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Maharashtra: 852 cases filed for hate speech, spreading rumours on social media

A day after Mumbai Police commissioner Hemant Nagrale announced colour codes for vehicles plying within Mumbai, a rumour about police instructing petrol pumps to give fuel to only those who have essential service stickers, spread like fire
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Published on Apr 21, 2021 12:49 AM IST
ByVijay Kumar Yadav, Mumbai

A day after Mumbai Police commissioner Hemant Nagrale announced colour codes for vehicles plying within Mumbai, a rumour about police instructing petrol pumps to give fuel to only those who have essential service stickers, spread like fire. After the police helpline and Twitter handles were bombarded with queries, the police officially clarified that no such orders were issued to petrol pumps.

Since the start of the Covid-19 pandemic last year, the number of fake news, rumours and doctored stories and videos doing rounds on social media has increased. The Maharashtra Police have been continuously battling the menace of misinformation being spread through social media and internet platforms. As a result, a total of 852 offences have been registered during the pandemic.

“All these agencies coordinated with each other and pulled down thousands of objectionable content and registered 852 offences in almost one year. Of these, 786 offences were cognisable in nature, while the rest were non-cognisable. Around 455 cases were of hate speeches,” said a senior police officer.

In these cases, 308 cases were related to misinformation on WhatsApp, 338 cases with Facebook, 28 cases linked Tiktok, 25 related to Twitter, and 27 linked to Instagram.

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During the investigation of these cases, 342 accused were arrested and 680 are identified. Around 152 were served notice under section 41 of the Code of Criminal Procedure (CrPC). Preventive action has been taken as per section 107 of CrPC on 145 accused.

The content pulled down by police from social media also includes Covid-related videos from other countries with false messages, manipulated videos and photos of hospitals, crematoriums, videos of doctors, nurses and patients with false narratives, and forged and edited copies of government orders related to Covid.

Since Covid outbreak in March 2020, the state cyber police, special branch and cyber police station of Mumbai police are keeping a close watch on the spread of Covid and government orders related to rumours, hate message, communally sensitive content on social media platforms. All the district police in the state have also intensified vigilance on social media to prevent the spread of rumours to maintain law and order in their districts.

“There has also been an increase in Covid-related hate speeches, communally sensitive and inciting messages over social media in last one week,” said a senior police officer.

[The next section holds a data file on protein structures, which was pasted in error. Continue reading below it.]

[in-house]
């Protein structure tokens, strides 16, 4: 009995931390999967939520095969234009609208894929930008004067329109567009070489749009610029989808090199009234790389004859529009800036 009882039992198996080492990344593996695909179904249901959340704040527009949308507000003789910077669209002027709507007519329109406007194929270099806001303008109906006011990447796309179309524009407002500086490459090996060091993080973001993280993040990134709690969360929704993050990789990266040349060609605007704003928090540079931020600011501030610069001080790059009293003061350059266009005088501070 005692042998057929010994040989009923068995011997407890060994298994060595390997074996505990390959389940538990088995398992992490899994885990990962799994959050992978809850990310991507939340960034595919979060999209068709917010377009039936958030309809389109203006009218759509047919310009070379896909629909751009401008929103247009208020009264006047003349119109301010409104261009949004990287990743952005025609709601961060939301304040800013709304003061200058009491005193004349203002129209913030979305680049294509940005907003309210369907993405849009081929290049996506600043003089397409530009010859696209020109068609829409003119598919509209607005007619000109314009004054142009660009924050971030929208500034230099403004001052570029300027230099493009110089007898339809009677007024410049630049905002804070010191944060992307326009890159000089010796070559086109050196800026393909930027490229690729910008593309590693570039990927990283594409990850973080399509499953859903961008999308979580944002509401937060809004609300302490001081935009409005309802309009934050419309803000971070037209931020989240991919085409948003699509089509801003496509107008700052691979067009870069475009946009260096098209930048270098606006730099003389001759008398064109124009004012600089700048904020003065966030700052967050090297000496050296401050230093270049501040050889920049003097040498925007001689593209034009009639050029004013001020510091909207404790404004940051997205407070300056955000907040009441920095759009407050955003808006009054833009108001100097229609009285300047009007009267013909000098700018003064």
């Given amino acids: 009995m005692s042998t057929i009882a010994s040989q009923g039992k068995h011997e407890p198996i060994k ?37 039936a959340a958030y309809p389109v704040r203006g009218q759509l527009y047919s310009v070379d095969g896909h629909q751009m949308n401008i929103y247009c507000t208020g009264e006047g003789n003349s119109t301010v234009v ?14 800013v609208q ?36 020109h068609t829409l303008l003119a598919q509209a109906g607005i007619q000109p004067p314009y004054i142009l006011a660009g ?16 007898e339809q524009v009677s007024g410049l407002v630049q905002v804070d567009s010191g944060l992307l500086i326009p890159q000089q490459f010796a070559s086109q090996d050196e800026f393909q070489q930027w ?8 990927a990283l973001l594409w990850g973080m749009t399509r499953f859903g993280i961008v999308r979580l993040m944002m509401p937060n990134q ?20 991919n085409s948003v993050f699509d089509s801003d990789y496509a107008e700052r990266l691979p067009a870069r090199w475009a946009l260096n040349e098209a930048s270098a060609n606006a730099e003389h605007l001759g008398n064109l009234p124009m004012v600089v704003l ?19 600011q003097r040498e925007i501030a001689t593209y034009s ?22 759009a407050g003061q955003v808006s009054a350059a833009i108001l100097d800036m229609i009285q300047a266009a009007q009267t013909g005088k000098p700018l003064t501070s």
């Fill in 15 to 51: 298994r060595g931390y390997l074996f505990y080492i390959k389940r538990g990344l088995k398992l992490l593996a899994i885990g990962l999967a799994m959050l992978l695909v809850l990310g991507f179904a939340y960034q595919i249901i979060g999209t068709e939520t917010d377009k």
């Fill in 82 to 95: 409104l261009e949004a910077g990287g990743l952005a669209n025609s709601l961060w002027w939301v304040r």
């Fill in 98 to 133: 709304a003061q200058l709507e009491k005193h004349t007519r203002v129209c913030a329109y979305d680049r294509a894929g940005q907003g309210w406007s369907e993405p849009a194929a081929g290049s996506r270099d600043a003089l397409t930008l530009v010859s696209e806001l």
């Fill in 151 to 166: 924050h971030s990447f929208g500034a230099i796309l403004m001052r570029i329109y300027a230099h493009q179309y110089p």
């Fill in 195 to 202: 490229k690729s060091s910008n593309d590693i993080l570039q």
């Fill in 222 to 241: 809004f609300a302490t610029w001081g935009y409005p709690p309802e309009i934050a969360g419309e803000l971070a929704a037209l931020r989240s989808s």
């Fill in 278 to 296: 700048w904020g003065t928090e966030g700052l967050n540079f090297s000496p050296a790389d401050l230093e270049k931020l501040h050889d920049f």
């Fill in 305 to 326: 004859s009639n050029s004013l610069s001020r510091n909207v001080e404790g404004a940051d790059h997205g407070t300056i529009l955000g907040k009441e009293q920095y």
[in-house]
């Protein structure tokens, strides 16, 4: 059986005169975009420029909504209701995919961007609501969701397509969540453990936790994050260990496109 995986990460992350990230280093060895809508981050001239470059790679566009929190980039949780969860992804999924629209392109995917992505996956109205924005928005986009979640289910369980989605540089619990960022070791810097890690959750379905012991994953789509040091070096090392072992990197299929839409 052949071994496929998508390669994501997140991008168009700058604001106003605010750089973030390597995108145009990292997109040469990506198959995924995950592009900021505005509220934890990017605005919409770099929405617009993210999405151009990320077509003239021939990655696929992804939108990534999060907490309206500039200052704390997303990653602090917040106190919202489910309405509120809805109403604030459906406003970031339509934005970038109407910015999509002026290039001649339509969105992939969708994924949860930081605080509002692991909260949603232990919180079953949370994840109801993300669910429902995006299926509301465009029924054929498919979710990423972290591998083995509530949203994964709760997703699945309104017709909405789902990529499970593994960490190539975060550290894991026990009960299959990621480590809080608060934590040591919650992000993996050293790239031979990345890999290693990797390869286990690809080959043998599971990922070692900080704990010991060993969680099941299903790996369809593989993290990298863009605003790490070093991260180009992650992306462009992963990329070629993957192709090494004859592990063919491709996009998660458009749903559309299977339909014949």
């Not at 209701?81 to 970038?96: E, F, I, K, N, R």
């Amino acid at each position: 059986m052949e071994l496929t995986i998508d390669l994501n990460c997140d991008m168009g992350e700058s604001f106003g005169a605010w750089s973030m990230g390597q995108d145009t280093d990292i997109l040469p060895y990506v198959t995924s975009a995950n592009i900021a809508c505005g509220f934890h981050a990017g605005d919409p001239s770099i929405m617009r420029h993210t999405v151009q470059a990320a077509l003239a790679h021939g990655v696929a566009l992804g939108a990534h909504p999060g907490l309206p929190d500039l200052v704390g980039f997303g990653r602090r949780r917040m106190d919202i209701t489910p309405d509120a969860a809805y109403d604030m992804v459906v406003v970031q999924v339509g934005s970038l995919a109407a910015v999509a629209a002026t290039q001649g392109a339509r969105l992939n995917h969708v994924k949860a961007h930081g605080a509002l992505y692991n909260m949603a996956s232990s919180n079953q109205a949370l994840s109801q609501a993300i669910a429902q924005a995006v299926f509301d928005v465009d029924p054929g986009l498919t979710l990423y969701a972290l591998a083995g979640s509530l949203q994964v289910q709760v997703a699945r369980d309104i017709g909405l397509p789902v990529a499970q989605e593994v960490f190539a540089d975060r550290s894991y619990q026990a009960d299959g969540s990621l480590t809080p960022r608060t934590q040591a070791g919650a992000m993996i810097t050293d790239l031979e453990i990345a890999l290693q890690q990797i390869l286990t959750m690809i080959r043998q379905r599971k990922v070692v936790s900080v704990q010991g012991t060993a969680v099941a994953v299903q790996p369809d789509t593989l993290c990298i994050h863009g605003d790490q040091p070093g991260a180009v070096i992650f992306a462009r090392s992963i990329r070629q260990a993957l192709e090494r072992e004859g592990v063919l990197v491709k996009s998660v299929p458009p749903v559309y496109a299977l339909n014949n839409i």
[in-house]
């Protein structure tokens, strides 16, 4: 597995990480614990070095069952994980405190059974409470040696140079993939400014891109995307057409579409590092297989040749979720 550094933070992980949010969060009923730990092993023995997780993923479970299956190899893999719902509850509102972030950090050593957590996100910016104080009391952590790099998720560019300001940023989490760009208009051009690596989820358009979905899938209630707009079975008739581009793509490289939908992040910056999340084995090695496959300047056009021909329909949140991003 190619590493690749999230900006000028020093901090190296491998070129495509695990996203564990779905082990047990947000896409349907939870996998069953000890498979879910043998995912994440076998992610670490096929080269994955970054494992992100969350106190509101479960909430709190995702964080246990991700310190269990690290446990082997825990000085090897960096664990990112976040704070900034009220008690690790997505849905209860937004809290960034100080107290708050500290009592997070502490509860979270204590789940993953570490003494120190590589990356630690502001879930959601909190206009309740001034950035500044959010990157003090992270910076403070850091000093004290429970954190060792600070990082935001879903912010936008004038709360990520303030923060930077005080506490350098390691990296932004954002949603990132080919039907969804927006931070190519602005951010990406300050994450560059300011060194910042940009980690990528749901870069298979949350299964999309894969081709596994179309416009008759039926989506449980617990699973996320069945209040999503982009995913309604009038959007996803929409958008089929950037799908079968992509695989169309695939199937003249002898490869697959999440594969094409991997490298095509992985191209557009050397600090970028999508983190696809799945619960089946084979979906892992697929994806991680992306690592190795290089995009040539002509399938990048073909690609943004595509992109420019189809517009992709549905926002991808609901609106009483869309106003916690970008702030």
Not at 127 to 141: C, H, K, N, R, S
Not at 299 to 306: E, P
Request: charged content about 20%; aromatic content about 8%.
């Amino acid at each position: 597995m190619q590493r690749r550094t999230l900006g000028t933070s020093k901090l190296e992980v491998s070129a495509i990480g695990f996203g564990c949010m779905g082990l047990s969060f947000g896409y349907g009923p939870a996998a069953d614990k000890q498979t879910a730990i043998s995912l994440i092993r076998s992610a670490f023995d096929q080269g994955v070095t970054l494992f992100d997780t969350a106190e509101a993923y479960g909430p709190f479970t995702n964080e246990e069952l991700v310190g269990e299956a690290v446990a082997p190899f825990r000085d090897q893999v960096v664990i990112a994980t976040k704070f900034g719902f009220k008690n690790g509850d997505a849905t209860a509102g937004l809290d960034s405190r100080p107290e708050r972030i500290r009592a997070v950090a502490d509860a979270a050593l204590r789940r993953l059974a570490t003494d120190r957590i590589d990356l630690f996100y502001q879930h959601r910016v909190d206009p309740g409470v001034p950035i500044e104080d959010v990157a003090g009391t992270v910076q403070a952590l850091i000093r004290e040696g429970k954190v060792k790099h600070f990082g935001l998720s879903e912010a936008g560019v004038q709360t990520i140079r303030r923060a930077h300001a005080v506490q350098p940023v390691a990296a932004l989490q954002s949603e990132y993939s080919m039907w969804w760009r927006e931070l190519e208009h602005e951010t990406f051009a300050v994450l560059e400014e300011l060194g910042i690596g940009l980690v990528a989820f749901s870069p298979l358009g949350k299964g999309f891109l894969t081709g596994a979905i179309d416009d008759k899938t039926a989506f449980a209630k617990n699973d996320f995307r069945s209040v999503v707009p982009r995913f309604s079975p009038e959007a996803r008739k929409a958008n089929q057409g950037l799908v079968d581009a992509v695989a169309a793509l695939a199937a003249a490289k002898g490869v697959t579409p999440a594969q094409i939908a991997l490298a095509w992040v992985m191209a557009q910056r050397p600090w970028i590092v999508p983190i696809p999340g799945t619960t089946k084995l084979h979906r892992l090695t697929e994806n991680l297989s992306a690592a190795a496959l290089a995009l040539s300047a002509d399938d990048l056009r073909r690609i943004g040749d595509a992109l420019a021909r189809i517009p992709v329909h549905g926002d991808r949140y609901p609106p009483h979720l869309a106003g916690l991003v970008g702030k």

Sanjay Shintre, superintendent of police, state cyber police said, “As there was a buzz over Kumbh Mela gathering on social media recently and also ongoing Ramzan month, there is an obvious rise in hate speeches and increase in penetration of communally sensitive information on the internet, but we are keeping an effective check on such contents online and pulling them down before they make it to masses.”

A big chunk of misinformation is related to political issues. Even the hate speeches are mostly politics related. Some politicians express their opinions by crossing the limits and this triggers mudslinging. But we keep on the filter the content on social media platforms, Shintre added.

Cyber expert Ritesh Bhatia said, “Fake news has been thriving only because people have been believing in them and this is well proved by the fact that users forward such messages even without cross-checking the facts. The drop in fewer citizens getting vaccinated can be attributed to the fake news that has been doing rounds. Police and civic body both have been cautioning people about such misinformation, however, their reach is only limited to those users who are on social media.”

“Police and BMC should counter the fake news by right facts on the very same platform where these messages are spreading - WhatsApp being the most popular one. Many people, especially senior citizens, are neither on Twitter nor on Instagram nor Facebook. But they get loads of such fake news on WhatsApp. So, the government needs to first broadcast factual messages on WhatsApp and then other mediums. People are thrilled about forwarding misinformation but when they realise or are corrected, they feel embarrassed to forward the facts,” Bhatia added.

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